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Author Topic: Klingon Lifespan  (Read 14149 times)
Honor_and_Glory
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« on: 10 09, 2003, 03:28: AM »

posted on 6-22-2003 at 09:13 PM

Klingon Lifespan

I am wondering if anyone knows the approximate lifespan of a Klingon Male versus a Klingon Female? Specifically, if a Klingon male does not die a honorable death, but serves honorably, how long might he live until the time of a natural death?
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qurgh
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« Reply #1 on: 10 09, 2003, 03:31: AM »

posted on 6-23-2003 at 01:01 PM

All I know is that Klingons have an average lifespan of 150-200 years.

This is based on the fact that Koloth was alive in approx 2267 and died in 2372. 2372 - 2267 = 105 years. Koloth was an adult in 2267, around 30ish, so that put him at somewhere around 135-145 when he was killed. He most likely could have gone on living a fair bit more.

I used to have more infomation, but it got lost in a hard drive move Sad
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Honor_and_Glory
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« Reply #2 on: 10 09, 2003, 03:33: AM »

posted on 6-23-2003 at 01:34 PM

Whoa that long, well hey thanks for getting back to me with the info, it sucks though that you lost some information in a hard drive move.

I was wondering, do you have any idea if Klingons are more or less likely to contract diseases like the common flu or other standard Terran diseases.
« Last Edit: 10 09, 2003, 03:34: AM by Honor_and_Glory » Logged
qurgh
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« Reply #3 on: 10 09, 2003, 03:35: AM »

posted on 6-24-2003 at 01:06 PM

From what I know Klingons tend to be less likely to contract diseases than most races, and when they do they do not affect them as badly due to the fact that they have so many redundent systems.
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Kesvirit
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« Reply #4 on: 10 09, 2003, 03:42: AM »

posted on 6-30-2003 at 05:24 AM

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quoth Honor_and_Glory I am wondering if anyone knows the approximate lifespan of a Klingon Male versus a Klingon Female?
Why do you think they are different?

Quote
Specifically, if a Klingon... does not die a honorable death, but serves honorably,
A contradiction! }}>:-E

Quote
how long might he live until the time of a natural death?
As with most things Klingon, it varies according to source material. Unfortunately for scientists everywhere, the political regime under which the research was taken and the results published have a strong influence on methodology and conclusions.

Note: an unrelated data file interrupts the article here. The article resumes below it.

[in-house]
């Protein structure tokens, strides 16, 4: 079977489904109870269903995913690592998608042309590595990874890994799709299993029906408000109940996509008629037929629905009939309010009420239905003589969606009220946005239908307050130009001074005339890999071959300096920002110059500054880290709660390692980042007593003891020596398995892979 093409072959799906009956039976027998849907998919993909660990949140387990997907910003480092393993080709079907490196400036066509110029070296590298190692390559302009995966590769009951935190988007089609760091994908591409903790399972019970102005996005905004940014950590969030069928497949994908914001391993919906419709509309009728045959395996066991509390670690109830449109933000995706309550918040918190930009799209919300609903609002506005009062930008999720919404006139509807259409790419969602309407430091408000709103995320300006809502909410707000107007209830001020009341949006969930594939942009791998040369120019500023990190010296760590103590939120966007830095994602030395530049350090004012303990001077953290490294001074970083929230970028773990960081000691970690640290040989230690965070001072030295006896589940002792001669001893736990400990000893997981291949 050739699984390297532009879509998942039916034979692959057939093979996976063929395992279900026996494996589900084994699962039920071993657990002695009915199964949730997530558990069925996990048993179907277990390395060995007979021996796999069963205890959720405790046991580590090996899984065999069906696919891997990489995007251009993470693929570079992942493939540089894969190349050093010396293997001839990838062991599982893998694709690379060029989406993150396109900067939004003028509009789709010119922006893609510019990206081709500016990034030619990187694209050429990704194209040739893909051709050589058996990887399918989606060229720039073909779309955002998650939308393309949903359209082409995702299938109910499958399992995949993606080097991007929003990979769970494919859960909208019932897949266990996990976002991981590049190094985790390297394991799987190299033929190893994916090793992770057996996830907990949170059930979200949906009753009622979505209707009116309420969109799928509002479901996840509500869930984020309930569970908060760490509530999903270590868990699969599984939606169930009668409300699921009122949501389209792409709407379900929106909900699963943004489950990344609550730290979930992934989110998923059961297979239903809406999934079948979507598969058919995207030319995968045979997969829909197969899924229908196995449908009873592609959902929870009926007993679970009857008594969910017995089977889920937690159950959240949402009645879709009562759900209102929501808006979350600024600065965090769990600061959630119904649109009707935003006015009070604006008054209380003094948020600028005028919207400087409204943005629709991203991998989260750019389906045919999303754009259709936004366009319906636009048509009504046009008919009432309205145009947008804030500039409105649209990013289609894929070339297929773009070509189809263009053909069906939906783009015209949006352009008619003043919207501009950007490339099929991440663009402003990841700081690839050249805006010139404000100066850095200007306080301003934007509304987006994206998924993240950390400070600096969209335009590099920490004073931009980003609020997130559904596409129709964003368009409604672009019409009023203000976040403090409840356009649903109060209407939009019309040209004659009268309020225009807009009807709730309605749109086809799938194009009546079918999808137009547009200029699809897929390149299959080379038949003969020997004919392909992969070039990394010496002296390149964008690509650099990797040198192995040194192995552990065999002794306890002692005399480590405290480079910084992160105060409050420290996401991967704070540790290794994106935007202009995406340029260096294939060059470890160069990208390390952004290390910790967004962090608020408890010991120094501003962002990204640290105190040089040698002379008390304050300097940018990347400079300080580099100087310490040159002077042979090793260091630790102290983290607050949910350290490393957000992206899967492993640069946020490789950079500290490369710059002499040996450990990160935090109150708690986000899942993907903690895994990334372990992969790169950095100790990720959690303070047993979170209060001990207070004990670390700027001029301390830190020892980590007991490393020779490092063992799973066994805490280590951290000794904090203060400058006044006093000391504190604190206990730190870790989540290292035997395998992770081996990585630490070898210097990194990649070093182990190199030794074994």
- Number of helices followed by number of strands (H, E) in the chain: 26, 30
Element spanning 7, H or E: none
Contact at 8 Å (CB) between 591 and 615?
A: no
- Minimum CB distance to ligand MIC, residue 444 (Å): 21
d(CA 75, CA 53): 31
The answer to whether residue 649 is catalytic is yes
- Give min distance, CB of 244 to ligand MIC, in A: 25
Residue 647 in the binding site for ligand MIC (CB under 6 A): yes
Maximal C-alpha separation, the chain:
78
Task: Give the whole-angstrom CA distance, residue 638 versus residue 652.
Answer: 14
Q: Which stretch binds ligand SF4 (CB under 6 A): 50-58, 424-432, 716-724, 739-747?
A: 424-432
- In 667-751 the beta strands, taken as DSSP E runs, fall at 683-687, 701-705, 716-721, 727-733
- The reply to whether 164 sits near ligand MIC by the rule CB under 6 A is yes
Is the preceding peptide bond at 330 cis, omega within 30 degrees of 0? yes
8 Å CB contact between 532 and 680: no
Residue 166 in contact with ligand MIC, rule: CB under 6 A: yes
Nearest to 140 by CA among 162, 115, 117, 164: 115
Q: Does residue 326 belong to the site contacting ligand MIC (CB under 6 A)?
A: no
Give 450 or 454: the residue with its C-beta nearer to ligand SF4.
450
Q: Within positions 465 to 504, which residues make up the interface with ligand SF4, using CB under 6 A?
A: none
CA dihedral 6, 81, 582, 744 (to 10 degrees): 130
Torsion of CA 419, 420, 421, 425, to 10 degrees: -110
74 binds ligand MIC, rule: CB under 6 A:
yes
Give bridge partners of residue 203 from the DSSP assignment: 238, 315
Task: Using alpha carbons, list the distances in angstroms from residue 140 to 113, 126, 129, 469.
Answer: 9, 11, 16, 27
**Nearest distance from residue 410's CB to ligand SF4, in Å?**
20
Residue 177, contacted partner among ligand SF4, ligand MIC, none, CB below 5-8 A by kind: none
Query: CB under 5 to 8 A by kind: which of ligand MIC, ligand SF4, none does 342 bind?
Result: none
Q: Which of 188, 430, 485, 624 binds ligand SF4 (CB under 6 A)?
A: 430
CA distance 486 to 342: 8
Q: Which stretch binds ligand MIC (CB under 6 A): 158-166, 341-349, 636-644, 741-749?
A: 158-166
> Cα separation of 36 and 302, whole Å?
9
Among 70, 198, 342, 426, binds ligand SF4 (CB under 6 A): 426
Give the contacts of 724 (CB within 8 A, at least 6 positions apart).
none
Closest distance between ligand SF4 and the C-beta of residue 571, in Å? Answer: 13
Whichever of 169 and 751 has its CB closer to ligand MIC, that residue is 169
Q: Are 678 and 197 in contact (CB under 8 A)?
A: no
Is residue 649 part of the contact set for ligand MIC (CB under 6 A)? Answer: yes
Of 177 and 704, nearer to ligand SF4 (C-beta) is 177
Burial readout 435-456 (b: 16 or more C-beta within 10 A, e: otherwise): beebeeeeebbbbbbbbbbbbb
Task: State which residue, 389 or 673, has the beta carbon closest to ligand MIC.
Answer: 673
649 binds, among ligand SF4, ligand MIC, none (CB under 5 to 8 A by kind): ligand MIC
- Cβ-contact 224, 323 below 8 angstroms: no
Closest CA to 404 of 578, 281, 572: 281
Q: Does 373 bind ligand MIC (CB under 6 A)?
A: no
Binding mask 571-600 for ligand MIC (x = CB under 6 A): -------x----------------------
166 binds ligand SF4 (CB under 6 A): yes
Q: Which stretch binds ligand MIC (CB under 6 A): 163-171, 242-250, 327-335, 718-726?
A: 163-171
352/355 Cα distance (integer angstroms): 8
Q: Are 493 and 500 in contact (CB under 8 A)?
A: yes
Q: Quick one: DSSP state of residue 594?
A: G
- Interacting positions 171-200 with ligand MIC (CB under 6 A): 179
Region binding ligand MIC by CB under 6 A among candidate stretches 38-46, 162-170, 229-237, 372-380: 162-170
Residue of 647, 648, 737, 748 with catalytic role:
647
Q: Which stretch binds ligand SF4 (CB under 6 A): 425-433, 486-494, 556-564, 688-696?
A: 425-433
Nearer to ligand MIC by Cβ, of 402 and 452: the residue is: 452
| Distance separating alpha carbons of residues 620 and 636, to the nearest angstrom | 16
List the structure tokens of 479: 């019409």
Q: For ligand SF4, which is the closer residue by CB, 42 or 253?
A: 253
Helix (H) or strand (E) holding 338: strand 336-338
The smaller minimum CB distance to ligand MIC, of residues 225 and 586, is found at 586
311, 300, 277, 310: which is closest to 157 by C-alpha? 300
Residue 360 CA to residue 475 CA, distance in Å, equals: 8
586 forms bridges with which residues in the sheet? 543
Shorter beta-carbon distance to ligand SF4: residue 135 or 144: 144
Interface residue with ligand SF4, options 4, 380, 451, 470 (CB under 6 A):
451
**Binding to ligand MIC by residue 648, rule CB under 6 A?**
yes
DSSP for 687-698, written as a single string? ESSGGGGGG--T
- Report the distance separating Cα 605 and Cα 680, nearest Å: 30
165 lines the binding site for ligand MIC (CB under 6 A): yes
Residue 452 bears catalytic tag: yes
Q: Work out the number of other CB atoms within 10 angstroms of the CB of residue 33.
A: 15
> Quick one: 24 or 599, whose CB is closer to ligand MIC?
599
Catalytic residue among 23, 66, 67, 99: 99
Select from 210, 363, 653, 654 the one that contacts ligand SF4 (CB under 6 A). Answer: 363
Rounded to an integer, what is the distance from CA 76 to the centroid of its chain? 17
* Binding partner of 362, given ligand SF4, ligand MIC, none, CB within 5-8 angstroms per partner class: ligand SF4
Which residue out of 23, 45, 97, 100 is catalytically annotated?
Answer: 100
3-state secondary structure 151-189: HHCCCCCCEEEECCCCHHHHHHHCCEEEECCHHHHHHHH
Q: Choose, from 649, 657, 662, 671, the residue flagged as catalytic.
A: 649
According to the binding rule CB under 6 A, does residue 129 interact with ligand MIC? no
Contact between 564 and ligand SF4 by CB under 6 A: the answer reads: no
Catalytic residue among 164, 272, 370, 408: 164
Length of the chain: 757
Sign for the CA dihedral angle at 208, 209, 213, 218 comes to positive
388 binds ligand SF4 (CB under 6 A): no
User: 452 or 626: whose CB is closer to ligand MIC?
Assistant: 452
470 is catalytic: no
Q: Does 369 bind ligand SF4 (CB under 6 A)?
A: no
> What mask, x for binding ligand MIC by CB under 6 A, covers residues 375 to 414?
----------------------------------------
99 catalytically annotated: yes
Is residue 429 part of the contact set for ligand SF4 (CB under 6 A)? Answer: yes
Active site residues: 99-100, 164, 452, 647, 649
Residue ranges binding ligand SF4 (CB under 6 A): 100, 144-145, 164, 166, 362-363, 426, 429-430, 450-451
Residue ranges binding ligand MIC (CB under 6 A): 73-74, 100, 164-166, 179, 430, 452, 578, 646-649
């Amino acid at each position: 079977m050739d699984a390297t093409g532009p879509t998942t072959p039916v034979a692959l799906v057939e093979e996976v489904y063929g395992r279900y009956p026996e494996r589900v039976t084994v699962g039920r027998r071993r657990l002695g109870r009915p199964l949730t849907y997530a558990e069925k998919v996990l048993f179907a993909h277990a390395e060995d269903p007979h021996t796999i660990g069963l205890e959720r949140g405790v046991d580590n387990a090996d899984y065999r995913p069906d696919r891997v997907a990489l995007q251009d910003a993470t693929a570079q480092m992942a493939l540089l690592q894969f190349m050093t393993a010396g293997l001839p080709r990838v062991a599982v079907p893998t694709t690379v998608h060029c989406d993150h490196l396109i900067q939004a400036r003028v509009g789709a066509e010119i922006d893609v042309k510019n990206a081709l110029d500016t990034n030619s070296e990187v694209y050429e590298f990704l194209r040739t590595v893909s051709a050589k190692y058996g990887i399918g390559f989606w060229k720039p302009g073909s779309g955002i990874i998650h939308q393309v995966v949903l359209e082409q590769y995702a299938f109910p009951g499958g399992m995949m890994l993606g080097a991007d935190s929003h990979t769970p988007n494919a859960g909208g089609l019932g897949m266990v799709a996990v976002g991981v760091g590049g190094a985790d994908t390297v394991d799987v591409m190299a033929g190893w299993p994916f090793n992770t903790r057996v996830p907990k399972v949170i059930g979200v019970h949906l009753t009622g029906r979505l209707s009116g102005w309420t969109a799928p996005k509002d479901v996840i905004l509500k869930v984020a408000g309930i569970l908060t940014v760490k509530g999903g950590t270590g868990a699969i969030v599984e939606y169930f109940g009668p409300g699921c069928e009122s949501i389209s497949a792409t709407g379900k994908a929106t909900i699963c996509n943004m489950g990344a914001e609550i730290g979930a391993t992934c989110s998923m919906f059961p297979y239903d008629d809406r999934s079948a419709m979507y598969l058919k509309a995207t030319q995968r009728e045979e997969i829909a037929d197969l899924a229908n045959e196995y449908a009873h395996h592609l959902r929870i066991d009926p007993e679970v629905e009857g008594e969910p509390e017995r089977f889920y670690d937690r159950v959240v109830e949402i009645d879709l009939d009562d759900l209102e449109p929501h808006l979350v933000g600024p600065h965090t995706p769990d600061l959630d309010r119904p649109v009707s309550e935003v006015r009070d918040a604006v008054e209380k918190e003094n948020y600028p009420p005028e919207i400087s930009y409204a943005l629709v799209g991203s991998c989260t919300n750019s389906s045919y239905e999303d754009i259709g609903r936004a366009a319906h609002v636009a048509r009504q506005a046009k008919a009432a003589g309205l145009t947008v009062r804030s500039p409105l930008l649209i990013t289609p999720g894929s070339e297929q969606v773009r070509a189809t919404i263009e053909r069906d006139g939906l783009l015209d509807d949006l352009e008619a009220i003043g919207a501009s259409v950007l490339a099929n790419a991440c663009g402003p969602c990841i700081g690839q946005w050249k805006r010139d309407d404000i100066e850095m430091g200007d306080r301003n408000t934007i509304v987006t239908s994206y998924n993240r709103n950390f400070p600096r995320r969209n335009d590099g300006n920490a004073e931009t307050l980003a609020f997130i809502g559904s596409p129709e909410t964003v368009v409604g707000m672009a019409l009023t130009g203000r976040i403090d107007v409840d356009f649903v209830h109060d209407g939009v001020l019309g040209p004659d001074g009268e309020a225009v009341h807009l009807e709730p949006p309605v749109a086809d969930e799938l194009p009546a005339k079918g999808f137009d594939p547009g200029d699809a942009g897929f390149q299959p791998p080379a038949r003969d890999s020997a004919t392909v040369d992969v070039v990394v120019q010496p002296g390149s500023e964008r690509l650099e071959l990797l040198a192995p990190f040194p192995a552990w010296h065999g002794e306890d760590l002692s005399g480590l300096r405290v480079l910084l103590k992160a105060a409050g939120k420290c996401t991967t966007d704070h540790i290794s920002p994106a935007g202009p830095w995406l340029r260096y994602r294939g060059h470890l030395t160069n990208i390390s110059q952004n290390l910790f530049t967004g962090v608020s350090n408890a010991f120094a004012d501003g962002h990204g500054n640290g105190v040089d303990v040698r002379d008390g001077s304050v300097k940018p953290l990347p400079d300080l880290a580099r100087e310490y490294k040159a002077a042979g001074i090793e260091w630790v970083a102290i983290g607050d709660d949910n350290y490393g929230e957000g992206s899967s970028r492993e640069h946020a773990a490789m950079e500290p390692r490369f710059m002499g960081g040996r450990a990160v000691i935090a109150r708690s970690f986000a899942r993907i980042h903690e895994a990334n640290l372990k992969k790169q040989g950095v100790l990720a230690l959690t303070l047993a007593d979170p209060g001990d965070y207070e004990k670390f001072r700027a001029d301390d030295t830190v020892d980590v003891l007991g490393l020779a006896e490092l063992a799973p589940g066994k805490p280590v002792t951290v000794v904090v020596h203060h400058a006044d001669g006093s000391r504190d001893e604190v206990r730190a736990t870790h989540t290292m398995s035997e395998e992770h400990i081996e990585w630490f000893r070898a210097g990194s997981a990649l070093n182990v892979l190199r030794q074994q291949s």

TFR holds that a child reaches the age of majority at the age of 10 Homeworld years, and most Klingon in military service are "retired" one way or another around age 40 but may return to duty if they are able and needed. According to FASA the average maximum life expectancy to be around 60 Terran years for Imperials, with Human fusions living slightly longer, and Romulan fusions living a bit longer than that (due to the influence of vulcanoid genes). A notable exception is the enigmatic Emperor Keth, "The Centenarian", whose long life and rein have never been satifactorily explained.

Cultural practices aside, it is the consensus of the Thought Masters of Medicine that the accelerated progression of life stages and higher metabolism relative to most humanoids result in a shorter lifespan: the organism simply burns itself out faster. Whether the double liver system and high BMR (basal metabolic rate) as indicated by the relatively high body temperature is a cause or a result of this is a matter of some controversy. For reasons unknown the cardiovascular system gives tends to be the limiting factor in the natural lifespan.

The account of Imperial scienctific practices described by escaped Federation subjects in Dwellers in the Crucible does not give a precise age, but says that Human middle age is indeed old for a Klingon. They accuse Klingons in the military of being particularly insecure about appearing weak and obsolete due to advancing age. This manifests itself in a desire to look younger, and the use of dyes to camoflauge gray hair is not uncommon.

The grossly revised "Blood Oath" contadicts these numbers. The above model would have put our three leads perhaps in their early thirties at the time of their first appearance. Even taking into account the numerous internal inconsistancies inherent in neotrek, Kor, Koloth, and Kang should have been in the vicinity of 120-130 Terran years of age. Each appears to be in good health and to have several good years yet ahead of him, though I think that zan qurgh's estimate of 150-200 years is overly optimistic. I would be interested to know the source of his information. 150 years would be extremely old indeed; 200 years approaches Vulcan lifespan ranges, and I have seen no indication of Romulan or other vulcanoid ancestry in any of these individuals.

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quoth qurgh From what I know Klingons tend to be less likely to contract diseases than most races, and when they do they do not affect them as badly due to the fact that they have so many redundent systems.